Consultation is also required on a full technical specification for the Future Buildings Standard in 2023 to ensure the new standards are implemented by 2025. The intent is to see the delivery of new buildings which are resilient to climate change impacts, with ultra-high energy efficiency standards and low-carbon heating. This should be supported by improvements to the Energy Performance Certificate (EPC) and Standard Assessment Procedure (SAP) framework to ensure they drive the deployment of the necessary energy efficiency and low-carbon heat. Proposals are also put forward for minimum EPC in owner-occupied commercial buildings. Minimum EPC standards must also be enforced, including consideration of additional measures to monitor compliance of qualified installers, approved inspectors and EPC assessors, and providing local areas with sufficient resources to undertake assessments.
Public Sector Charged With Taking The Lead
To meet ambitious Government targets and show leadership in public sector buildings decarbonisation, public sector organisations, including those not captured by the Greening Government Commitments, must have the information and support they need to: monitor their energy use, set targets and reduce emissions from their estate over the next five years.
All public sector buildings should halve emissions by 2032.
This requires the development and implantation of plans for a zero carbon remit. To do this will require an increase in multi-year funding commitments for decarbonisation in public buildings up until 2025 to match the Government’s ambition for public sector decarbonisation and commit to continuing similar levels of funding beyond 2025. Proportionate mechanisms should be put in place to review overall progress and recurring challenges. To achieve this the government needs to publish the completed carbon and water management plan and the sustainability management plan that is under development. The plan should include clear pathways for reaching Greening the Government Commitment targets for halving emissions from public buildings.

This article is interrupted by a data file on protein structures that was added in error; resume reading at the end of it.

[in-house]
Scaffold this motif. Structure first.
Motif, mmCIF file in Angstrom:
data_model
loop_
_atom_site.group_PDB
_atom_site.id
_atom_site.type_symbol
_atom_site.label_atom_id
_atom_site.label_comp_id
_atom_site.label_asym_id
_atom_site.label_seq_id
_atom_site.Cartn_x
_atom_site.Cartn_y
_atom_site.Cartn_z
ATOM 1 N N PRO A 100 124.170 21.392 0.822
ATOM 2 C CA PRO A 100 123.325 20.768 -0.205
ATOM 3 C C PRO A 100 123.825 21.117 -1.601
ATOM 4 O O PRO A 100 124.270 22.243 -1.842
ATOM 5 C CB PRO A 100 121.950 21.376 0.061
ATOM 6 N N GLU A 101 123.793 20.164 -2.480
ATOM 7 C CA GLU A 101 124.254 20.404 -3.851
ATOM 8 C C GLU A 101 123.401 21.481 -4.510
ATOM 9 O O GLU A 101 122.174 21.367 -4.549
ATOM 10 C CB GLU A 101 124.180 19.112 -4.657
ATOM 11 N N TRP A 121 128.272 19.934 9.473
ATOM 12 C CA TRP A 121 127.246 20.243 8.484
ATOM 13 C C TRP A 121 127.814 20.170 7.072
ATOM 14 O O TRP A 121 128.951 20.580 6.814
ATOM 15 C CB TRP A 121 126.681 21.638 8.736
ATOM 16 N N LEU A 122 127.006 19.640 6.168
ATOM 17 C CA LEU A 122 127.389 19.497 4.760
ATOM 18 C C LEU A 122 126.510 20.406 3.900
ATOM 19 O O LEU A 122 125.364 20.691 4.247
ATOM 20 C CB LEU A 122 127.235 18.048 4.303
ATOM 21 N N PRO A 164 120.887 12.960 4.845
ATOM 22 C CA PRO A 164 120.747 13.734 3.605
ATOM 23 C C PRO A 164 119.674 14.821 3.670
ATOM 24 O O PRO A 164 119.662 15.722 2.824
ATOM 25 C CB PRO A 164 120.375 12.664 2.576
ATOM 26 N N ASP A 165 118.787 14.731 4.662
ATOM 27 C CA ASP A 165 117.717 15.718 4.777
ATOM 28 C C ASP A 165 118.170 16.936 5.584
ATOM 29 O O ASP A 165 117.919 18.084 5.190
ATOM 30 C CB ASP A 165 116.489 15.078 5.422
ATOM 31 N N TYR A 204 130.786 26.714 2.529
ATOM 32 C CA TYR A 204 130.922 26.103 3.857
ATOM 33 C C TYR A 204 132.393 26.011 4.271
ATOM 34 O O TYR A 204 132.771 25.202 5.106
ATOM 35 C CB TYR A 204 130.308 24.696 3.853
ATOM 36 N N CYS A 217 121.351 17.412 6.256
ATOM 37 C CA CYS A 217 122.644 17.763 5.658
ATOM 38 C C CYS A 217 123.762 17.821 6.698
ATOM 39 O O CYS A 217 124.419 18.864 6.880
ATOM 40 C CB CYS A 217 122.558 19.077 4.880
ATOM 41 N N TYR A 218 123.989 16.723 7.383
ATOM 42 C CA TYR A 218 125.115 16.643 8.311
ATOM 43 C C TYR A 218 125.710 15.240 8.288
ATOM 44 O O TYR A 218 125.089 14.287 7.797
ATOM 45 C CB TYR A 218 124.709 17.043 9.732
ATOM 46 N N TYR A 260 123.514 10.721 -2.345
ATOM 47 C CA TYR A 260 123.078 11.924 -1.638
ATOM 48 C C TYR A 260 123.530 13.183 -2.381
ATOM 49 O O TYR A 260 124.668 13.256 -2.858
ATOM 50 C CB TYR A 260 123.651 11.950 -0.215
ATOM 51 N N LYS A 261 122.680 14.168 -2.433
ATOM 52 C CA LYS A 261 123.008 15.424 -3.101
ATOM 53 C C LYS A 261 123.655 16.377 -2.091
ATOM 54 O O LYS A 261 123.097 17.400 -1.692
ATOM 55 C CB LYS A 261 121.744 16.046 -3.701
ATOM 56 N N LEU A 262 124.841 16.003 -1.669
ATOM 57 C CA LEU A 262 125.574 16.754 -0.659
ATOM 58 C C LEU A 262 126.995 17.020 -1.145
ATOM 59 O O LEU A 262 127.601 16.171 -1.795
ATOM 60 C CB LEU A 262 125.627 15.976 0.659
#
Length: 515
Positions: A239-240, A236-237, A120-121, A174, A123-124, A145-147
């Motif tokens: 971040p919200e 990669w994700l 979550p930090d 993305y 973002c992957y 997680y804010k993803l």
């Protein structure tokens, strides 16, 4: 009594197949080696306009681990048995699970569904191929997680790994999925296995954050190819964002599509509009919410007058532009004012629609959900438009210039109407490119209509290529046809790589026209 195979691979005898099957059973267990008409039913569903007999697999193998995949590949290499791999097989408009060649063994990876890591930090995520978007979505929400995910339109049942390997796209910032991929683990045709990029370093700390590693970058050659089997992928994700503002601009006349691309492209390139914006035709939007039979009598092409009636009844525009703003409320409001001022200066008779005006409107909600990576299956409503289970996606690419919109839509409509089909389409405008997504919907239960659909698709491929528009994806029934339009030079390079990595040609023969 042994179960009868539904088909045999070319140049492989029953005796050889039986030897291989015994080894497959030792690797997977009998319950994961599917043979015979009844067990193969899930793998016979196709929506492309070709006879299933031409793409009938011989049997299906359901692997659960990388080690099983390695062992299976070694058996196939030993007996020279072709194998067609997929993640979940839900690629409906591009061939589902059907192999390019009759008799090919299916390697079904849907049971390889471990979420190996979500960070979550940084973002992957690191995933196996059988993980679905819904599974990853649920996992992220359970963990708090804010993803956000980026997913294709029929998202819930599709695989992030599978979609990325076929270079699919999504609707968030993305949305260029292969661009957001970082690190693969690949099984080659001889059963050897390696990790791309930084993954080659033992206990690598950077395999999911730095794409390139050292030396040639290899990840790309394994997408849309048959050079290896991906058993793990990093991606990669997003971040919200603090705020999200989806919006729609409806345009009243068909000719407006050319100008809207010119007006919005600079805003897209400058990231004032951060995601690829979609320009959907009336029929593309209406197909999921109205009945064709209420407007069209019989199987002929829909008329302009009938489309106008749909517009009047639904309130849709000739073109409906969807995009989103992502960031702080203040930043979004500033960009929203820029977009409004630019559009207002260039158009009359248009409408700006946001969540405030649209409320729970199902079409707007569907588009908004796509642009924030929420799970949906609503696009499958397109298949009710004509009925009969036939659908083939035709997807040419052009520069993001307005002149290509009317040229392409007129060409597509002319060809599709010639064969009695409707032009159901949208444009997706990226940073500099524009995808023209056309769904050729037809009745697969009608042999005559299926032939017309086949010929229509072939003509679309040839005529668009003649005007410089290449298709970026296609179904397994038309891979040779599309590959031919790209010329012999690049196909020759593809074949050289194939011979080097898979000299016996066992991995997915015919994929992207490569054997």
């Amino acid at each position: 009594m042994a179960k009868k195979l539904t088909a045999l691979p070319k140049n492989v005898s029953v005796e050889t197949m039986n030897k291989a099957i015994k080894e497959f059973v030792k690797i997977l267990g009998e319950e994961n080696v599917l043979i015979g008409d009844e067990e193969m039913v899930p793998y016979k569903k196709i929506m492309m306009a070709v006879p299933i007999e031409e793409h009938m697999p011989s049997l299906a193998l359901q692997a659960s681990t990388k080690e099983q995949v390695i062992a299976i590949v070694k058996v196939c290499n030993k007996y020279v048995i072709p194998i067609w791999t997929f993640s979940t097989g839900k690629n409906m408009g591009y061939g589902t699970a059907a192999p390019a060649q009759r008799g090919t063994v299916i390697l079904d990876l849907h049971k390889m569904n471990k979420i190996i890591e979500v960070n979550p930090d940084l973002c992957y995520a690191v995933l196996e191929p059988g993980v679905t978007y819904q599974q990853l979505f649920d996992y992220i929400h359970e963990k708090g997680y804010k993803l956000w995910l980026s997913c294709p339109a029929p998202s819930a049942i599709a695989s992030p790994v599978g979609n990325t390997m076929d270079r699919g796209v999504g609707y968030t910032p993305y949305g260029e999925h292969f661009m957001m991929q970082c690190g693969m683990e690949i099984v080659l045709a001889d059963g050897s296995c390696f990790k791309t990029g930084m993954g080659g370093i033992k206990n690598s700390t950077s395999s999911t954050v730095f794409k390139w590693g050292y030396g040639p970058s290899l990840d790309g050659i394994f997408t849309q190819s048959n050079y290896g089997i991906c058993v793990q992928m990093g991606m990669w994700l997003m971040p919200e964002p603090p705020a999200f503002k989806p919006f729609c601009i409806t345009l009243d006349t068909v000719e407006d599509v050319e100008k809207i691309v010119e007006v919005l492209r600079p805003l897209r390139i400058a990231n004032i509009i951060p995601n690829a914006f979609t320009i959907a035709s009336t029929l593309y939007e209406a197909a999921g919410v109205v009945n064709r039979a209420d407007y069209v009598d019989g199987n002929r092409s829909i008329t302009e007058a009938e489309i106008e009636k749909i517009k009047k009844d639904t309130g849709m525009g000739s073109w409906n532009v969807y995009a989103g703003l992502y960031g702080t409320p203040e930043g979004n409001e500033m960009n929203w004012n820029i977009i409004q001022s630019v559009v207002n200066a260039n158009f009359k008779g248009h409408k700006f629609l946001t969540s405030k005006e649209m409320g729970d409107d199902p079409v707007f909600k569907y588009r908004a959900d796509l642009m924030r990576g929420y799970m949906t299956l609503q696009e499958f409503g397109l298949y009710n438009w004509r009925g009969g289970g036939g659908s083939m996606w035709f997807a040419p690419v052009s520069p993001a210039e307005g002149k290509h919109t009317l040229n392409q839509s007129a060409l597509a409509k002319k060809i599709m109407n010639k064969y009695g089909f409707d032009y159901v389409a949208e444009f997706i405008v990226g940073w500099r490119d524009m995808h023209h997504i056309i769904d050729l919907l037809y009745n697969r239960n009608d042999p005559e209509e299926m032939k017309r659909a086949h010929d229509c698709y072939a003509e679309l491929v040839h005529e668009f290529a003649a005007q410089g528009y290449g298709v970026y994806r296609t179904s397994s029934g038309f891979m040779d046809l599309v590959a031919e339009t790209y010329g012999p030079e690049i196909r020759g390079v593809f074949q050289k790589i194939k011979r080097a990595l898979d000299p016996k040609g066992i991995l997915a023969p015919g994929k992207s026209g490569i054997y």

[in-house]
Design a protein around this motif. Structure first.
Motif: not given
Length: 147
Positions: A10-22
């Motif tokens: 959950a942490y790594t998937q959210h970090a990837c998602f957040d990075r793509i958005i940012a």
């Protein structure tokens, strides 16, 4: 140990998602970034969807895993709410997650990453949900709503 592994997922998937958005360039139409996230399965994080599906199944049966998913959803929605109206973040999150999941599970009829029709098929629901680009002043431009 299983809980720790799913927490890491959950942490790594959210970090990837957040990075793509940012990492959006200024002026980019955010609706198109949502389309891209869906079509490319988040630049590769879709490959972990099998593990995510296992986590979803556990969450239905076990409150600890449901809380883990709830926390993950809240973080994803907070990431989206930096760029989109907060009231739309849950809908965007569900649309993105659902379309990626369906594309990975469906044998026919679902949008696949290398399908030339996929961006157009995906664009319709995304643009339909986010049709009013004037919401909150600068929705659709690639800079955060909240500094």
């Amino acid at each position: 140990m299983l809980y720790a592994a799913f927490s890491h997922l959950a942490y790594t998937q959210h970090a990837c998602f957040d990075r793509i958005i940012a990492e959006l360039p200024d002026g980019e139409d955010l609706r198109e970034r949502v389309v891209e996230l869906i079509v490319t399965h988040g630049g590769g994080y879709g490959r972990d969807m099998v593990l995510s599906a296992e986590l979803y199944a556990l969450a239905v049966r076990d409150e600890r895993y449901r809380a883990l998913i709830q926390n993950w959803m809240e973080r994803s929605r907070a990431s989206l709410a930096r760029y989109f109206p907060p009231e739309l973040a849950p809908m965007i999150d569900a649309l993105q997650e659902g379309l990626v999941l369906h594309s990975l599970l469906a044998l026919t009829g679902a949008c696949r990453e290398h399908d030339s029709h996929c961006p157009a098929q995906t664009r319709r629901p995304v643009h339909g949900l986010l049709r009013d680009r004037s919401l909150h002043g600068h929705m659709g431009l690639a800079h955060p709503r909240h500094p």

The assessment of whole-life carbon and material use in private and public construction projects should be mandatory by 2025, to enable minimum standards to be set. The whole life carbon assessment should be sought at the planning stage to enable efforts to reduce embodied carbon and materials.
Strategy & Assessment For Small To Medium Commercial Organisations
Small and medium-sized enterprises (SMES) require improved engagement, particularly high-emission, low-engagement businesses. The recommendation is for a package of measures including a one-stop shop for SMEs to get decarbonisation advice with a carbon footprinting tool, develop a strengthened low-carbon advisor/auditor role for SMEs and develop an effective financing strategy to support SME decarbonisation.
This should be driven by a performance-based rating scheme with a published timeline for offices and other building types, outlining how timelines correspond to the expected emissions reduction trajectory of commercial buildings in the 2020s.
The Government needs to rapidly communicate findings on SME energy efficiency from the new research mentioned in the Heat and Buildings Strategy, and outline plans to ensure SMEs are able to invest in retrofit and energy efficiency measures. This research should support the publishing of clear plans to move towards in-use performance metrics for buildings, with clear timescales and responsibilities. The CCC concludes this should lead to the consideration for moving towards Green Buildings Passports.
Green Needs Green
Recognising that the transition needs to scale up over this decade and that stable funding provides certainty to businesses, and public bodies, what is clear from the progress report is that there remains a lack of comprehensive vision to leverage private financing for the retrofit of UK businesses, with consideration to include green stamp duty, green mortgages, energy as a service, and property-linked finance. In order for successful UK progress towards net zero the Boiler Upgrade Scheme, Local Authority Delivery Scheme, Energy Company Obligation and public sector decarbonisation must continue to be fully funded as required beyond the spending review period.